She’s been bashed for being anti feminism from this. I don’t see that. She’s not saying “don’t dress skanky, the boys will see” she’s saying that you’re going to regret dressing older then you actually are when you’re older.

    • Hannah says:

      I don’t see the anti-feminism, either. There is some judgment there but she’s 16 years old, for god’s sake. I was sooo much more judgmental at that age.

    • Shannon1972 says:

      I’m not seeing it either. Feminism is being warped into this all or nothing ideology, and if you disagree with how someone else defines “feminism” then you must be an anti-feminist. It’s just not so. The people calling her out should really take a class and learn about it, rather than massaging the word to fit their purpose.
      What I don’t understand is: why would anyone use feminism as a barometer for a 16 yr old anyway? They are still a work in progress, and as such, shouldn’t carry the burden of having labels attached to them.

    • lunchcoma says:

      Oh, good grief. I won’t give people like Shailene a break, but Bindi is 15 and her comments didn’t directly touch feminism. When you’re 15, you’re still figuring out how you want to present yourself to the world, and I’m willing to give kids a few years to catch up to the idea that one choice can be right for you and another can be right for someone else. If she’s still talking like this past 21, I’ll think about rolling my eyes.

  7. Jaded says:

    Wise words from someone that young. Compare them to, say…Miley Cyrus’s deep thoughts on feminism or any other mindless revelations from the young and vapid female entertainers these days.

  8. OTHER RENEE says:

    This girl is wise beyond her years. She keeps a level head and isn’t going down the road of flashing her boobs and bits and general skankdom. With a world full of Jenner/Kardashian worshipers and teenage bimbos, Bindi is a refreshing breath of fresh air.

  9. Alexandra says:

    I briefly thought it WAS Taylor Swift on the front photo. I could totally see them being besties for a couple weeks.

  10. D says:

    I really don’t understand how saying “dress your age” could be considered controversial. When you’re a teenager you shouldn’t dress like you’re 25+.

  11. mkyarwood says:

    She’s right, anyway. Who hasn’t looked back at some of the 15 year old fashion choices we’ve made and cringed? The best shots of me are in full overalls and a Billy Corgan 70′s ‘dress’ shirt. It’s the crop tops and mini dresses with platforms or knee high Converse that have me thinking ‘Why was I trying to look like Liz Phair when I DO NOT look like Liz Phair?’ Rather than say I was dressing my age in one vs. the other, I’ll agree with the notion that I was dressing as myself sometimes and trying too hard other times to fit what basically amounted to the Delia’s catalogue.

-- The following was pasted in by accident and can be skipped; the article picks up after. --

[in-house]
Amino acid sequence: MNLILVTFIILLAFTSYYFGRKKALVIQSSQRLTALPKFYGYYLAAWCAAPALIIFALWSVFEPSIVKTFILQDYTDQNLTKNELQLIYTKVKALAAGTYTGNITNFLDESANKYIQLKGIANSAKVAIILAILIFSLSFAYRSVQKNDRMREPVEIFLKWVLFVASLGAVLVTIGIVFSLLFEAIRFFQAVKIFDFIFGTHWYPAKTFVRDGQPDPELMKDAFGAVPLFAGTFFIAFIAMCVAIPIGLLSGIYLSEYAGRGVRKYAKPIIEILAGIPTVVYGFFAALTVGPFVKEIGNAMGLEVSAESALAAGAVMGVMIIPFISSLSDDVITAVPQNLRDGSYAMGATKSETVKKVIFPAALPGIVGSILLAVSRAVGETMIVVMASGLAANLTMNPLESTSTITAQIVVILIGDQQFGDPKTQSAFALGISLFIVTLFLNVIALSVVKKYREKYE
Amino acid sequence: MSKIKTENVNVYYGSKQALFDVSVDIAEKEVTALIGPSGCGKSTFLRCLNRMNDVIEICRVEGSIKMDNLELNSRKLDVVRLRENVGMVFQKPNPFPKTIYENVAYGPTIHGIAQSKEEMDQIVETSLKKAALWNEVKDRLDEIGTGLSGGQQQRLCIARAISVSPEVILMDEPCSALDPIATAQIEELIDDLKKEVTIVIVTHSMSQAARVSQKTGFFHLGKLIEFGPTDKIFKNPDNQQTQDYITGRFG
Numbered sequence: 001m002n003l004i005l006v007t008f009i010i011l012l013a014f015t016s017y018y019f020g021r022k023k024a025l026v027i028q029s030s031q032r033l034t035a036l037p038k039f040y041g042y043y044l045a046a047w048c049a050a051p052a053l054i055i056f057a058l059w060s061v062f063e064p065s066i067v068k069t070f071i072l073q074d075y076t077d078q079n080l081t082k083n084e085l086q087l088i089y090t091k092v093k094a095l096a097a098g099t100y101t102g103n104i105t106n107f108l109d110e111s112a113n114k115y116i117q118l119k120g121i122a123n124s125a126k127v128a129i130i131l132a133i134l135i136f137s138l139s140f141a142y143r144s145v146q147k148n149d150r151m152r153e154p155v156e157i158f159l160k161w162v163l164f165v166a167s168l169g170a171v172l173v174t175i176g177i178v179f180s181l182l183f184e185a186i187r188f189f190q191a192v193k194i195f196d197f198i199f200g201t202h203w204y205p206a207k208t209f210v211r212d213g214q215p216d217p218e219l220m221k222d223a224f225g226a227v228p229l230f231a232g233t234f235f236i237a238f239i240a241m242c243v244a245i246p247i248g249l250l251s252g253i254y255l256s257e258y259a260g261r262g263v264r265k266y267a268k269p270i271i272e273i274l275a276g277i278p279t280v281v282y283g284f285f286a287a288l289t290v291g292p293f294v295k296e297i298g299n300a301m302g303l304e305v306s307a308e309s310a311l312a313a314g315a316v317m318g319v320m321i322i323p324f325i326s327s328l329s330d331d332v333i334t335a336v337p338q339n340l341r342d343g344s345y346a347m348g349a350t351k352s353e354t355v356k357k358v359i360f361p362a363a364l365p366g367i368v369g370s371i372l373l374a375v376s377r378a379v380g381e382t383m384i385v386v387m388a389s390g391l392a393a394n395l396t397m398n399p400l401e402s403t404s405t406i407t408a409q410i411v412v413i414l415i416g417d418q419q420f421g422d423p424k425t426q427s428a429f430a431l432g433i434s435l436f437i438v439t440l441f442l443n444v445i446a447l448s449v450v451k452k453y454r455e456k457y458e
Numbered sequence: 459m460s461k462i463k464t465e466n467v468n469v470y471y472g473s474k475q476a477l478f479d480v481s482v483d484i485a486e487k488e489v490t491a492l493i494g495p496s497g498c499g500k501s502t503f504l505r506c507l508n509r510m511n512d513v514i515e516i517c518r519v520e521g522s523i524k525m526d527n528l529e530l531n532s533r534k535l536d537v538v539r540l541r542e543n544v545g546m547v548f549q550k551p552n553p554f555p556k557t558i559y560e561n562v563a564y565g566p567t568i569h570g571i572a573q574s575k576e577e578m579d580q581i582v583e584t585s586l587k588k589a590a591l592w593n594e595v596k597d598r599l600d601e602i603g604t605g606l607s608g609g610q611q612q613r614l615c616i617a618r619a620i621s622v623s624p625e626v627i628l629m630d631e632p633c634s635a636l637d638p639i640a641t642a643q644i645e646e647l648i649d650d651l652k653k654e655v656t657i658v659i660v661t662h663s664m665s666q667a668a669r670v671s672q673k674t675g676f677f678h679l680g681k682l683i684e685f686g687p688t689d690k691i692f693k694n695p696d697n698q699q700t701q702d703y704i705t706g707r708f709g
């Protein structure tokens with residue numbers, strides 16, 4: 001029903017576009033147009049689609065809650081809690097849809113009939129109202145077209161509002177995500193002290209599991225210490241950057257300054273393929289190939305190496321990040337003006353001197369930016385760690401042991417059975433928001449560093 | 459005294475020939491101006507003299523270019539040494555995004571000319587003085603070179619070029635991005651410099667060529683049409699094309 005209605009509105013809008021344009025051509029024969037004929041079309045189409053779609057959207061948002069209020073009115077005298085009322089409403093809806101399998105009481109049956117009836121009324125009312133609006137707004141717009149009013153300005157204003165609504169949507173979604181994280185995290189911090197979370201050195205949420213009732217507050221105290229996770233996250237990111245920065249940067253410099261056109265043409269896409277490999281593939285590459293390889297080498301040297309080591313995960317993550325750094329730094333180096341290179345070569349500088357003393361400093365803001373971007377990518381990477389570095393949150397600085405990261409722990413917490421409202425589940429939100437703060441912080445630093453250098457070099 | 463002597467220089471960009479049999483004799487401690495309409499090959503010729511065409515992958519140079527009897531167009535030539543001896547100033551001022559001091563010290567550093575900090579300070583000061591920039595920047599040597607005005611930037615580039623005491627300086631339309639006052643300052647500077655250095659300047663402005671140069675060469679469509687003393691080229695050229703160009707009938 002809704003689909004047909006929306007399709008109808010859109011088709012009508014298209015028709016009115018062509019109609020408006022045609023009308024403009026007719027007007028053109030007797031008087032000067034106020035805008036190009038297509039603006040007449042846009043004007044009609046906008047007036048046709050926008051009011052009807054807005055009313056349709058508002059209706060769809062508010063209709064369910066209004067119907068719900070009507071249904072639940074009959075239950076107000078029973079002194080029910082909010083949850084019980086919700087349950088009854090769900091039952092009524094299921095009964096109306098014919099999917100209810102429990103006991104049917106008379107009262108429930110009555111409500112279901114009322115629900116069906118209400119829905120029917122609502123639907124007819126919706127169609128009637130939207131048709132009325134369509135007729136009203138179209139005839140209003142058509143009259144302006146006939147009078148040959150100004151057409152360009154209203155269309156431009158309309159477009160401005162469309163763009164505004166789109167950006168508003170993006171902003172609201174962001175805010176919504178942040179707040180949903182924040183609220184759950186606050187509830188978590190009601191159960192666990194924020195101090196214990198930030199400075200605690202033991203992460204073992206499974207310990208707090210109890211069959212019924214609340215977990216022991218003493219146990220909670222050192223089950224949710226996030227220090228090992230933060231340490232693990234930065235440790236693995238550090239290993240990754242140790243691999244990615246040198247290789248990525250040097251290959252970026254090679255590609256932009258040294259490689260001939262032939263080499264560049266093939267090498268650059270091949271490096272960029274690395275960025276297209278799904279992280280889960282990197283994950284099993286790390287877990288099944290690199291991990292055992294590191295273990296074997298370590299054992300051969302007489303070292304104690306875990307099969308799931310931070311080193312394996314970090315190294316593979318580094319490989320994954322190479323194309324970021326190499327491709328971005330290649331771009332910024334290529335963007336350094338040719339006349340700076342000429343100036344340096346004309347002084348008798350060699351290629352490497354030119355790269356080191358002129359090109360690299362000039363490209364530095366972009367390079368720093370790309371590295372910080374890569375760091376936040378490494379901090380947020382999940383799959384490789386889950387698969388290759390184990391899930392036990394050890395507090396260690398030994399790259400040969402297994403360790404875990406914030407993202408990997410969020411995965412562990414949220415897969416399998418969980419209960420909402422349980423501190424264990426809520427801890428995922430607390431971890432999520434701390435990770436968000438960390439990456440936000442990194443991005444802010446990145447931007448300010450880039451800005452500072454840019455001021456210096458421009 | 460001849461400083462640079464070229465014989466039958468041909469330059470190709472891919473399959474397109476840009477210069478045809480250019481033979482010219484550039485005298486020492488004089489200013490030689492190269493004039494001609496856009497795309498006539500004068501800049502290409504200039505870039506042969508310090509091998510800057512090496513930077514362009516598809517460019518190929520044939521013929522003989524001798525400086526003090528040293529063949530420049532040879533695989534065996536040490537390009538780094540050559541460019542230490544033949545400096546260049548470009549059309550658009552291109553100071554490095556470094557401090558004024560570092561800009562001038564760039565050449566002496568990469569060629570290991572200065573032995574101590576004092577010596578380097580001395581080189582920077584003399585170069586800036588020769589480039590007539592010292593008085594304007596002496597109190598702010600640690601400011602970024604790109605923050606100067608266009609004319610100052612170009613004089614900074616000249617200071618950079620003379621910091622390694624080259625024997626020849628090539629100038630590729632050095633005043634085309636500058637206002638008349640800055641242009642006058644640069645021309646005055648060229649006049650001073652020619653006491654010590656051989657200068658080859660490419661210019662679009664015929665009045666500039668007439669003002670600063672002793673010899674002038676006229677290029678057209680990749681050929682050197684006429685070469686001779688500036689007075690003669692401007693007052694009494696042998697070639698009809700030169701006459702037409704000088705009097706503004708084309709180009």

12. Patricia says:

    Bindi, come to my house for tea, we can agree about everything you said together.

    It’s not just teenagers though. Now you get twenty somethings who are not dressing their age in a reverse sense. Like this 25 year old woman I saw at the dr office yesterday who was wearing white shorts that were basically cut like underwear. She looked so foolish and I’m thinking her mom must have let her dress like this as a teenager and she doesn’t know how to break herself of showing her entire leg and 25% of her butt cheek at all times.

    Like you said, I’m judging more than this by the time I roll out of bed in the morning lol.

    • FLORC says:

      I watched a girl escorted out of a Banana Republic for wearing those shorts. White with25% exposed cheek. She just wasn’t dresses. I have underwear with more coverage than those shorts.

      • lisa says:

        today i saw a girl in shorts so wrong for her, her vulva ate whatever it could get in its mouth and she was sweating all over the rest of the flimsy fabric. (it was 90 here today). i thought, dear god sweetie, that cant feel good and you cant possibly think it looks good, so what was the point?

  13. Secret says:

    Give her 5 years and if she doesn’t go back on her word, then I’ll pat her on the back. I remember many starlets (e.g. good old Britney Spears) preaching abstinence till marriage and all that and look at them now.

    • Steph says:

      She didn’t say anything about holding on to her V-card. Just because a young woman dresses her age and isn’t into the super revealing outfits doesn’t mean they are sexually conservative.

    • littlestar says:

      But if she does choose to dress like that in the future, it will be because she is older/more mature and is choosing that her herself. Most young teen girls are dressing scantily not for themselves, but to get attention from other people.